Job Search Guide

How English (or Humanities) Majors Find Jobs

If you look at the job search process for economics majors, it is very simple: lots of finance positions from boutique mortgage firms to gigantic Wall Street investment banks. These careers tend to want people comfortable with spreadsheets and crunching numbers. Thus, it is pretty easy to recruit these students as the work and skill sets are very similar across companies and positions. Their interests also tend to be focused on thinking about financial endeavors. English majors, however, don’t pursue just one career track: we don’t all become teachers, lawyers, non-profit leaders, or writers. In a graduating class of 30 students, there could be 30 different career tracks! We pride ourselves on being unique and marching to our own tunes. Because of this expansive variety—a variety of interests that we, your humanist professors, support—there isn’t one or even two ways of finding a job after graduation. As such the career center can’t bring a non-profit to campus to recruit 10 students like a big bank could. Instead, that non-profit might only have one job opening every three years. So, finding your first job tends to require more active and creative searching on your part. Luckily, English majors overflow with creativity.

In-Demand: English (and Humanities) Majors!

Bad myths circulate that majoring in English leads to unemployment or a Starbucks barista. This is hardly the case. SLU English majors are in high demand by employers. People want the skills English majors possess. For example, SLU English cannot place enough students in advertising. In the past few years firms had more demand than we could supply with graduates. Why might this be the case? Take a look at the top skills employers are looking for and how well English majors rock this list. This is from a survey by the World Economic Forum (Jan 2016); 350 executives from the largest 15 economies provided their input from across 9 industries on what skills they need and look for in applicants in the world of business.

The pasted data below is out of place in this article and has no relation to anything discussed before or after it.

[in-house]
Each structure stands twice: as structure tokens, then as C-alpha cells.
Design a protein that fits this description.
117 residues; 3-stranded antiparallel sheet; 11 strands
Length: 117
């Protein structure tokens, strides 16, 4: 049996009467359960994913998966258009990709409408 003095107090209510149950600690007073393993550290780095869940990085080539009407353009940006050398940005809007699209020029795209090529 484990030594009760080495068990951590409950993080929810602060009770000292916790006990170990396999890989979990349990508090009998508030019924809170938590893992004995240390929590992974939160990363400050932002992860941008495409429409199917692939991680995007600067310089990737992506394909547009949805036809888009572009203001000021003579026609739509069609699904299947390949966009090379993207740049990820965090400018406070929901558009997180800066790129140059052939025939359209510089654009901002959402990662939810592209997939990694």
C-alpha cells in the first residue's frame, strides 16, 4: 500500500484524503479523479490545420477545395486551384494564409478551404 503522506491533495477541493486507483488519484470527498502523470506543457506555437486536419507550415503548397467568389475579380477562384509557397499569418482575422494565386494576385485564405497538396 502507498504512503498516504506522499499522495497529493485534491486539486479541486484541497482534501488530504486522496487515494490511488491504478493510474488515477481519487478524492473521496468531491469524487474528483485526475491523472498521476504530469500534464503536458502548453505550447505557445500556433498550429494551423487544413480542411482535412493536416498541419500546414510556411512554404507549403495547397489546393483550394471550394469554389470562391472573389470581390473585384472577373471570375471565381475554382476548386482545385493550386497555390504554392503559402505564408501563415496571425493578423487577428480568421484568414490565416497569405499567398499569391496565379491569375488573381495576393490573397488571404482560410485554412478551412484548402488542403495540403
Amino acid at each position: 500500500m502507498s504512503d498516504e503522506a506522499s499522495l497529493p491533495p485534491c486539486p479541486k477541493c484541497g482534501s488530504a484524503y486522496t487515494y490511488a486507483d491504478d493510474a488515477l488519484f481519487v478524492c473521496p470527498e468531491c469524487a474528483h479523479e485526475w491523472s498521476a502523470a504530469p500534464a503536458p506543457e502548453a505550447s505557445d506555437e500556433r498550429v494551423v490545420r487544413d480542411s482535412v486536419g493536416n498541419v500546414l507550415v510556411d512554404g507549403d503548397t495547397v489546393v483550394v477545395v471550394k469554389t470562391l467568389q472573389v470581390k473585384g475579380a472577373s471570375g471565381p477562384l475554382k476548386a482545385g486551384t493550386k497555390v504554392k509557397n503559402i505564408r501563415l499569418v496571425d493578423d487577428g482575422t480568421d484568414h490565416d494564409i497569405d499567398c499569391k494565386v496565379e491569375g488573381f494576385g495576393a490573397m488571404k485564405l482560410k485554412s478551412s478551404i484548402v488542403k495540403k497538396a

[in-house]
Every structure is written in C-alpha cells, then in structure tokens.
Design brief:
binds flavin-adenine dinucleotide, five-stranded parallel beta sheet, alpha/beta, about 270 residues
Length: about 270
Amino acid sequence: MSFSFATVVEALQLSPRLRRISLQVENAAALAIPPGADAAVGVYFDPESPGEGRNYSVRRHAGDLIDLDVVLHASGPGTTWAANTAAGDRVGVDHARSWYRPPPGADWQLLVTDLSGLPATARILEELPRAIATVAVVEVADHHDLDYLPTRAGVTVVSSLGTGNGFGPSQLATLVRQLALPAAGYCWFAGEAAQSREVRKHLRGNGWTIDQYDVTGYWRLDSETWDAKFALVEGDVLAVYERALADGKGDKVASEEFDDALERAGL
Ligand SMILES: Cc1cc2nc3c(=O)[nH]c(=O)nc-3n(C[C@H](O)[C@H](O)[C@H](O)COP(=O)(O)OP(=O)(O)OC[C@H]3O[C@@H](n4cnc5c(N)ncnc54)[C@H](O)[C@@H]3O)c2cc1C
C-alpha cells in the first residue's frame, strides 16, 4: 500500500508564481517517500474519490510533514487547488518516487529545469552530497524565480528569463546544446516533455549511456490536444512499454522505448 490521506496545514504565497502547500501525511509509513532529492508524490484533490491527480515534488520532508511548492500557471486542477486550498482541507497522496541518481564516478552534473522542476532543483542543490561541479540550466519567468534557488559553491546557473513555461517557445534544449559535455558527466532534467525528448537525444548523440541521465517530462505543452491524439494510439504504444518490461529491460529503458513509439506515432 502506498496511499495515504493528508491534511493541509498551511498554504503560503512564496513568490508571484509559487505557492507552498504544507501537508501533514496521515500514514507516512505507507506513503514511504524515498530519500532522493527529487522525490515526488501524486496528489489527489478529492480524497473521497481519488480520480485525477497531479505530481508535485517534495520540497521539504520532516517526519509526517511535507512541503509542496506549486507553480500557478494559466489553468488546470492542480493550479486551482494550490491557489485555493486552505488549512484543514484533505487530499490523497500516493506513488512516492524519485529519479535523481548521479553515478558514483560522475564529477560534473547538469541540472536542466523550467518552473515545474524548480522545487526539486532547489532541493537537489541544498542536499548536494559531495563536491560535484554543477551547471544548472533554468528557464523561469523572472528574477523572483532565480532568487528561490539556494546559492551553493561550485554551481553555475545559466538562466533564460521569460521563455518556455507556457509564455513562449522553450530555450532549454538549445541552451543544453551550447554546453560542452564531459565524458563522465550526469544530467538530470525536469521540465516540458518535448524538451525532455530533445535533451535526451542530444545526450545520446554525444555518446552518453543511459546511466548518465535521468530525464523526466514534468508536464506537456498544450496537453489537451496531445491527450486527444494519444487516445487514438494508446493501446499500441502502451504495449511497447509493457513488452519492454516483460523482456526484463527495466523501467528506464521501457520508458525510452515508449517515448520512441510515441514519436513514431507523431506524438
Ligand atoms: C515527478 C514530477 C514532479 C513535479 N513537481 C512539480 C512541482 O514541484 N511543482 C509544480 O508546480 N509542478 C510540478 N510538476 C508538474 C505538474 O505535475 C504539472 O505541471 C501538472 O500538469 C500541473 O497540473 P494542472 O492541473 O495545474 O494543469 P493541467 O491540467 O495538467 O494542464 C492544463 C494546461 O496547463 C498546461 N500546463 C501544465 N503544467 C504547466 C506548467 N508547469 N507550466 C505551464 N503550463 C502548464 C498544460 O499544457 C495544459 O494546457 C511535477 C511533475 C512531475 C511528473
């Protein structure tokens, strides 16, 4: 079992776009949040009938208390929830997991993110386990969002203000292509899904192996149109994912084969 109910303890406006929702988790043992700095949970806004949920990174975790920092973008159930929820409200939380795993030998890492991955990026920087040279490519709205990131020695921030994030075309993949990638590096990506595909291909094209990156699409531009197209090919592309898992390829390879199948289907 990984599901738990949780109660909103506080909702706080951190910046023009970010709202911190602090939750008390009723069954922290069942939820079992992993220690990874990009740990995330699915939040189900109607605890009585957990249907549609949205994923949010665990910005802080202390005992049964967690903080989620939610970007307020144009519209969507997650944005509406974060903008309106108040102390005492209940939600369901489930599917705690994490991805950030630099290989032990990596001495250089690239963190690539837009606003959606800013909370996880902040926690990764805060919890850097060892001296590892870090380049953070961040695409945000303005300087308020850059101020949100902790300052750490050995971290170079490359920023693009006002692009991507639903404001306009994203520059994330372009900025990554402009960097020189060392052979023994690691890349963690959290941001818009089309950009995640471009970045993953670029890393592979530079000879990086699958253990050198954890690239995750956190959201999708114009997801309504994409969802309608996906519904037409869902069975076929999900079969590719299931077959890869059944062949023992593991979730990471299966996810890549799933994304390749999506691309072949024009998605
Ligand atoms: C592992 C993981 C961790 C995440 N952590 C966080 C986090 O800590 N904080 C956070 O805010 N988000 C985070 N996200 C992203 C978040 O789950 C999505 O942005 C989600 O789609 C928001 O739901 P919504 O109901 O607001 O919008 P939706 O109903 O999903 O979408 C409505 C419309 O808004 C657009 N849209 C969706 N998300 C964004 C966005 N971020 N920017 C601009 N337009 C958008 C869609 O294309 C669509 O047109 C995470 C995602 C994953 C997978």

Top Skills & Abilities

English Majors score A+

Written expression

We rock any email, report, or executive summary

Oral expression

We debate in all of our classes and know how to support our positions

Critical Thinking / Problem Solving

Thesis, topic sentence, evidence, and close reading sum up critical thinking

Teamwork / Collaboration

Group projects and presentations

Digital Technology

Remember all those PowerPoint presentations your professors asked you to create and deliver?

Intercultural/diversity fluency

We rock empathy and exploring new cultures (usually it involves some time travel to different centuries)


Our heart and soul

Reading comprehension

A little too obvious

People Management / Social Skills

Our ability to understand multiple points of view make us rock stars when it comes to interacting with others

Judgment Making Skills

Who else can better plan three 15-page research paper for three classes or write that chapbook of poems?

Lifelong Learning

There’s always another book to read, another new culture to explore, another idea to follow…we can’t stop learning!

Source: World Economic Forum, (accessed October 18, 2019)

English majors spend four years cultivating these skill, which have been the hottest in-demand skills for decades. Coding is a skill that can be learned in a bootcamp, but social skills and teamwork take years to nurture. Written expression, too, is something English majors love and excel at. In sum, employers love English majors.

Multi-tier Approach

The biggest hurdle for all college students is translating their academics and extra-curriculars into the language spoken by employers. You’ll need to follow a multi-tiered approach to the job search both to communicate your skills and find a position that aligns with your values.

Tier 1: Basic Preparation

  1. Resume polished (see the SLU English Alum Facebook page for examples)
  2. Totally prepared and rehearsed answers to standard interview questions
  3. All of your accomplishments in narrative format: very clear and concise (these are the bases for the interview question examples)
  4. Portfolio of work products (this could be a website or PDF files that can be sent to any employer)

Q: Why do you need work products and accomplishments?